|Systematic (IUPAC) name|
|Molar mass||407.290 g/mol|
Iomazenil (also known as Ro16-0154, INN, USAN; benzodine) is an antagonist and partial inverse agonist of benzodiazepine and a potential treatment for alcohol abuse. The compound was introduced in 1989 by pharmaceutical company Hoffmann-La Roche as an Iodine-123-labelled SPECT tracer for imaging benzodiazepine receptors (GABAA receptors) in the brain. Iomazenil is an analogue of flumazenil (Ro15-1788).
Use in brain research
The effect of iomazenil of reducing levels of GABA in the brain was used by researchers to exacerbate symptoms in patients with schizophrenia in a laboratory study, supporting the theory that a GABA deficiency underlies that disease.
Researcher Deepak D'Souza and colleagues at Yale University and Veterans Affairs Connecticut Healthcare System are testing iomazenil as a potential treatment for drunkenness due to its ability to bind alcohol receptors in the brain.
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- Kung, Hank F.; Mei-Ping Kung; Seok Rye Choi (January 2003). "Radiopharmaceuticals for single-photon emission computed tomography brain imaging". Seminars in Nuclear Medicine 33 (1): 2–13. doi:10.1053/snuc.2003.127296. PMID 12605353.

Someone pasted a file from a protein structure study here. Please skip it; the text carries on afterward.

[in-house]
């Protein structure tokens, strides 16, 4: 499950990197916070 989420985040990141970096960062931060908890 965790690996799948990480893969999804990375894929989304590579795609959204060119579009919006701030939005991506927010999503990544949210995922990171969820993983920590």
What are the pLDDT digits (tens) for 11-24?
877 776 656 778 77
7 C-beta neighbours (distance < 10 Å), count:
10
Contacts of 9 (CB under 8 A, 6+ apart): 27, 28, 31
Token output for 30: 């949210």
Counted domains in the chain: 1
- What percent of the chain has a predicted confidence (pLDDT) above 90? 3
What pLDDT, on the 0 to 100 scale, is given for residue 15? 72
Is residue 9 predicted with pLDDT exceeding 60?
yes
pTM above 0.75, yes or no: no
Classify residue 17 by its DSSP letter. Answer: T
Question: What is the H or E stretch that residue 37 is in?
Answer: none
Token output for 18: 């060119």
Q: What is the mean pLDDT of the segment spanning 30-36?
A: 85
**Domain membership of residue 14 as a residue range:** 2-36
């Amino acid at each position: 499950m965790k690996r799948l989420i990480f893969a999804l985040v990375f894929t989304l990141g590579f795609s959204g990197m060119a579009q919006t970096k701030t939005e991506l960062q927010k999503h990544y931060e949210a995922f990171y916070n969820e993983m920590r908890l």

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- Ahn, Kyungheup; Gil R; Seibyl J; Sewell RA; D'Souza DC (February 2011). "Probing GABA receptor function in schizophrenia with iomazenil". Neuropsychopharmacology (Nature Publishing Group) 36 (3): 677–83. doi:10.1038/npp.2010.198. PMC 3055690. PMID 21068719.
- Dobson, Roger; Jonathan Owen (13 May 2012). "Tests begin on new drink-busting drug". Independent on Sunday. Retrieved 20 May 2012.
- [123I]Iomazenil, Molecular Imaging and Contrast Agent Database, NCBI
- Effects of Delta-9-THC and Iomazenil in Healthy Humans, Clinicaltrials.gov
- Ability of Partial Inverse Agonist, Iomazenil, to Block Ethanol Effects in Humans